Book review: The Extraordinary Adventures of Alice Tonks by Emily Kenny

Following several futile attempts to communicate with her cats, ELS librarian Samantha reviews Emily Kenny’s debut novel The Extraordinary Adventures of Alice Tonks.

Alice Tonks was having the worst day ever.

Emily Kenny does not waste a single second in her debut novel The Extraordinary Adventures of Alice Tonks, introducing us to Alice, an autistic 11-year-old we instantly believe in and root for, and a story that quickly takes off, soaring through narrative twists and turns, as nimble and clever as the animals that populate its pages.

Alice’s worst day begins on a beach – which she hates – on the first day of school – which she also hates. Pebblewood School, according to Alice’s Gran will be a fresh start, but Alice’s attempt to be Nice Alice, the smiley, worry-free version of herself who does normal things, like shake hands, ‘even though the teacher had sweaty palms and smelled faintly of boiled ham’, is failing, the noise of the beach, the people, the seaweed that coils around her feet, the octopus ‘squirming in her belly’, becomes too much. Alice shouts at her Gran, running past her new classmates and their parents, her cheeks burning ‘with fury, shame and embarrassment’. After a brief interaction with Timothy Crossley-Herbert the Third, a kind, awkward boy who has troubles of his own, Alice sits on the rocks, staring up at her new school ‘perched high on the clifftop like a bird of prey about to swoop.’ Except the bird that does swoop down, the actual bird, the acting talking bird, is a seagull. And it needs Alice’s help. A talking seagull. A secret mission. Alice’s extraordinary adventures have begun!

Talking animals are my literary catnip. Give me a talking cat – ideally one with a sardonic side – and I am in heaven. Luckily for me, Alice Tonks, much to her surprise, is a Switcher. As Constance, the imperious library cat (heaven), puts it, ‘a switcher is that extraordinarily rare thing: a useful human’. Alice can talk to animals. All kinds of animals. Alice’s arrival at Pebblewood School could not have come at a better time: animals are being taken from the school grounds, snatched ‘on a scale that’s never been seen before.’ Led by Constance and Agent T (the seagull), the Loyal Society for the Prevention of Danger to Animals (LSPDA), ask Alice for help. In her investigations, Alice comes across a variety of animals, including Red, a wild fox wary of humans, and Ebenezer, a streetwise rat I can see happily scurrying through a Terry Pratchett novel, who learn to trust in Alice’s bravery and strength, even as she struggles to trust in herself.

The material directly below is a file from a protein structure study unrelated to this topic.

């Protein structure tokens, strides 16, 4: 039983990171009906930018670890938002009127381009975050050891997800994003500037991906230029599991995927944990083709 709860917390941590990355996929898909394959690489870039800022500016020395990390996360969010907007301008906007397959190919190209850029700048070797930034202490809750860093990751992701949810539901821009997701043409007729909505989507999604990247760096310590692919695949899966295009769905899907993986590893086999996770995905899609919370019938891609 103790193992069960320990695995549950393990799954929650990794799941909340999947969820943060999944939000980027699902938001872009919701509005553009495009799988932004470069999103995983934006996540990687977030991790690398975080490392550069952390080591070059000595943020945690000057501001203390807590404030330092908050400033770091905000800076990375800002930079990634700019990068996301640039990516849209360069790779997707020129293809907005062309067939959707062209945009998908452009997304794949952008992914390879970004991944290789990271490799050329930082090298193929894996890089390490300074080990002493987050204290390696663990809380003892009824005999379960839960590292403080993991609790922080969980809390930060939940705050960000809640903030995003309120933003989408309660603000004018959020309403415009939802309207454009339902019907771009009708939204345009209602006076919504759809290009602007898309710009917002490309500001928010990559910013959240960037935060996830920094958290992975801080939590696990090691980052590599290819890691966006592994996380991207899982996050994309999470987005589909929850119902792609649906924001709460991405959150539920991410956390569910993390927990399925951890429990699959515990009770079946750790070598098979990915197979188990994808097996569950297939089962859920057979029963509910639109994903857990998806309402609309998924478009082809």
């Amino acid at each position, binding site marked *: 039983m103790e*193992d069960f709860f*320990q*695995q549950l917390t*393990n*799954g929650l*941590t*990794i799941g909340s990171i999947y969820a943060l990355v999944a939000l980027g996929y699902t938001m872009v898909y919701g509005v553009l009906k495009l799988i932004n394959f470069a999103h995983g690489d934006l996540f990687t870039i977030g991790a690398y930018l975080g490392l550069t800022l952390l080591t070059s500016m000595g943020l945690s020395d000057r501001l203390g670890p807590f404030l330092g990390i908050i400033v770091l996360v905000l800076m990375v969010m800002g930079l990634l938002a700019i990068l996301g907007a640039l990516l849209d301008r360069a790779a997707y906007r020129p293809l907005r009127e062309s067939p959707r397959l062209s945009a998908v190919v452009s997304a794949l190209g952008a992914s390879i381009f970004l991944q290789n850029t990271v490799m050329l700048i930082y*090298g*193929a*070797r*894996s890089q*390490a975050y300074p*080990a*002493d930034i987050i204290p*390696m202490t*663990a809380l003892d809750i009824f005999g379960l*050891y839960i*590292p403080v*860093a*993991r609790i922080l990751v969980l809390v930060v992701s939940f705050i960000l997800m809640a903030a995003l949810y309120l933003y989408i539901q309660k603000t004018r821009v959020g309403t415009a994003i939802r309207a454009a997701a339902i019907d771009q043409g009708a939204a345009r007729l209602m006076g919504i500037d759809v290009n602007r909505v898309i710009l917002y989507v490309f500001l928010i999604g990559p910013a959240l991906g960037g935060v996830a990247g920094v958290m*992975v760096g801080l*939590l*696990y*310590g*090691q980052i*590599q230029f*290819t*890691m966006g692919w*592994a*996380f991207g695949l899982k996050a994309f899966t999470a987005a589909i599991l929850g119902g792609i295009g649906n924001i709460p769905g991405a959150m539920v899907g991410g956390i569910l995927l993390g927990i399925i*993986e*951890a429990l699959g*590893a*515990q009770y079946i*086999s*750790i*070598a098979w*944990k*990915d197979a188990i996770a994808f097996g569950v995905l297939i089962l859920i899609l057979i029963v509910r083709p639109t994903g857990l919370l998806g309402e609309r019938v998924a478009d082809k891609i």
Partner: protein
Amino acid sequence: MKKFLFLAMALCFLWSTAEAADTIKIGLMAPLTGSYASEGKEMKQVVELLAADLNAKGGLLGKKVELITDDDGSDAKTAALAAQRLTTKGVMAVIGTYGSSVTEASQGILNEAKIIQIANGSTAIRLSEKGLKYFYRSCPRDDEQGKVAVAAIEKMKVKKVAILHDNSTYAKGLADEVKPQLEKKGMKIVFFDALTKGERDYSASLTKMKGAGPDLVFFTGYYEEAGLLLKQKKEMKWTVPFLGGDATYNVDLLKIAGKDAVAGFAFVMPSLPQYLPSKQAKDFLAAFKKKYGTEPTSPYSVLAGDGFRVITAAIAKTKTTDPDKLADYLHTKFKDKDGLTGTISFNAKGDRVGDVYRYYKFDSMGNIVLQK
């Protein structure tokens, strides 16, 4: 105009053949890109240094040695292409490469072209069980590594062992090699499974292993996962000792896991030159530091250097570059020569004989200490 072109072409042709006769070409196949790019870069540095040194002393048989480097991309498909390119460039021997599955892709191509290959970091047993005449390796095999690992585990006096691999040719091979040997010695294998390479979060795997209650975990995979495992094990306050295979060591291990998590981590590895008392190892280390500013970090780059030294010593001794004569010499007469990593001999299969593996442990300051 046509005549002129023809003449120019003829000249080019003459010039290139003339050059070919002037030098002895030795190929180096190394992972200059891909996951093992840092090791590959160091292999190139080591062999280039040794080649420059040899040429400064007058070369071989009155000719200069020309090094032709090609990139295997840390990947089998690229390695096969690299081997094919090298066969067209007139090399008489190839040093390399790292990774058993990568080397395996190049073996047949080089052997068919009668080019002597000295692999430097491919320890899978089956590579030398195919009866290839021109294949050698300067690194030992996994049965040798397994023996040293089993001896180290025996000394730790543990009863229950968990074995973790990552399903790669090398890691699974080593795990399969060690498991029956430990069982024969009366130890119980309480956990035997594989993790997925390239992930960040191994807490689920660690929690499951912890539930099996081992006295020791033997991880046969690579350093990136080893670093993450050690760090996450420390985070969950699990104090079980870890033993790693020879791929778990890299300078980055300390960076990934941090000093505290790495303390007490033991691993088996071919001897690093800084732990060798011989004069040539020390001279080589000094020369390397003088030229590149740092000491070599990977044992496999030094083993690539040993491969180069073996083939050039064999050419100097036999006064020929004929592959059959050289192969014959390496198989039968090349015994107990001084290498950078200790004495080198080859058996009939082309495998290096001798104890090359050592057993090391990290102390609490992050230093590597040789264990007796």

Alongside her new animal friends, Alice also forms friendships with Tim and Ottie, her seemingly posh and perfect roommate. Both of these relationships are skillfully drawn, capturing the petty jealousies and uncertainties of new friendship, especially at a time in life when being popular, that easy pass, can become more important than being yourself. Alice, Tim and Ottie eventually establish a bond that comes from accepting themselves and each other, free of masks and free of secrets. The theme of masking your true self – whether it is Alice having to control her stimming, Ottie living up to her family’s grand reputation, or certain characters (ahem) assuming new identities – is prevalent throughout the novel. As with Ramya, the protagonist of Elle McNicoll’s Like A Charm, Alice’s autism does not make her an unlikely hero. Instead, it makes her uniquely capable of being a hero. Alice’s great empathy for animals is part of her gift. Her experience as an autistic person is an essential part of her. She can handle it.

“But I am different,” Alice said. “I’ve always been different, and I always will be. Autism is who I am. Switching could be too. You should have trusted me.” (The Extraordinary Adventures of Alice Tonks, p. 228)

Flavia Sorrentino’s jacket art and chapter headings are a joy, adding beauty and wildness to a book that already feels so alive. In The Extraordinary Adventures of Alice Tonks, Emily Kenny has refreshed the classic boarding school story, taking us on a jaunty adventure that is full of charm, mystery, humour, and – most wonderfully – talking animals.

Browse more great fiction on our online catalogue. If you need any further book recommendations, or would like to find out more about the service we offer to subscribing schools, please get in touch.


Leave a Reply

Fill in your details below or click an icon to log in: Logo

You are commenting using your account. Log Out /  Change )

Twitter picture

You are commenting using your Twitter account. Log Out /  Change )

Facebook photo

You are commenting using your Facebook account. Log Out /  Change )

Connecting to %s